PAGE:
Akinlo, Ambrose, Adeleke Bisiriyu, and Olapeju Esimai. 2013. Influence of Use of Maternal Health Care on Postpartum Contraception in Nigeria. DHS Working Papers No. 92. Calverton, Maryland, USA: ICF International.
This study examines the relationship between the utilization of maternal health care and the postpartum use of contraception in Nigeria.
Method: The analysis was based on the data from the Women’s Questionnaire and the calendar data from the 2008 Nigeria Demographic and Health Survey (NDHS). Postpartum contraceptive use was analyzed from calendar data among postpartum women whose most recent birth was between January 2003 and one full year before the date of interview in 2008. The study employed the bivariate (nonparametric test) and multivariate (logistic regression model) methods to investigate the association between the outcome variable (postpartum use of contraception) and several independent variables
reflecting use of maternal health care services (number of antenatal care visits, delivery in a health facility, and timing of the first postnatal
Results: Overall, 8 percent of women used a modern method of contraception during the postpartum period. Almost half of the postpartum women (43 percent) made the WHO-recommended minimum number of four antenatal care visits. Only 35 percent of postpartum women delivered in a health facility. Just 40 percent of the women received a postnatal check-up within six weeks after last childbirth.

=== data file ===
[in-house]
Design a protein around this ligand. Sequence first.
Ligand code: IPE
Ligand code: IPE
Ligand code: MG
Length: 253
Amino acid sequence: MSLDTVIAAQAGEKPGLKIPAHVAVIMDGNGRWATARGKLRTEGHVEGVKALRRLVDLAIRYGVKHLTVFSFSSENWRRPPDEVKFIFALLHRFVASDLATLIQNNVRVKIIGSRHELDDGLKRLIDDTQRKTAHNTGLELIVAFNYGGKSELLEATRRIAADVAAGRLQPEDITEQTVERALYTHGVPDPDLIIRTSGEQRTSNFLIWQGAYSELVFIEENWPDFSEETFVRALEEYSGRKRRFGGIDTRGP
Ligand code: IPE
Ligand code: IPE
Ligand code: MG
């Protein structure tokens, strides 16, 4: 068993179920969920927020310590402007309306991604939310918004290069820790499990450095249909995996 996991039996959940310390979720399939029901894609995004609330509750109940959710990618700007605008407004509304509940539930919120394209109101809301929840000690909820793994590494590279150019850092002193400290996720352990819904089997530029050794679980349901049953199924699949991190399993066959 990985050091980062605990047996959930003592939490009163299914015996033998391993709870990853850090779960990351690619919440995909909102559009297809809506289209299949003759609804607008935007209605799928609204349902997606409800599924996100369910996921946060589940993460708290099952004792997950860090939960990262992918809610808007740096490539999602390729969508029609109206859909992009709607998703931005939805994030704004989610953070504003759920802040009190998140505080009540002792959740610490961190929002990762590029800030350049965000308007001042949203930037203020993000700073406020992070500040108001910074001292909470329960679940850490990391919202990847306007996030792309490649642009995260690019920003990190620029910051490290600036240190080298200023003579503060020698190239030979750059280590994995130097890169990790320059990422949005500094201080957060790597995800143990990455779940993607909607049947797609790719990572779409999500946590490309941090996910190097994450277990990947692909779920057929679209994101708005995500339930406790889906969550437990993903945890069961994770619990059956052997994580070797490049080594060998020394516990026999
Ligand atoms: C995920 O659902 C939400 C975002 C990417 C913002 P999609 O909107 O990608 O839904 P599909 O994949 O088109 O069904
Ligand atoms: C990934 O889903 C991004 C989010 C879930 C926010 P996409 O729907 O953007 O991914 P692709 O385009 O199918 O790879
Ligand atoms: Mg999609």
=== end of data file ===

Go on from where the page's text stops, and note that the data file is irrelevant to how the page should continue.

The use of maternal health services (ANC visits and timing of postnatal check-up) is significantly associated with the use of a modern method of contraception during the postpartum period. Other significant predictors of the use of a modern method in the postpartum period include region, education, the household wealth index, and exposure to family planning messages.
The findings suggest that contraceptive use among postpartum women will
increase substantially if more women use maternal health care services, especially for antenatal care and postnatal care.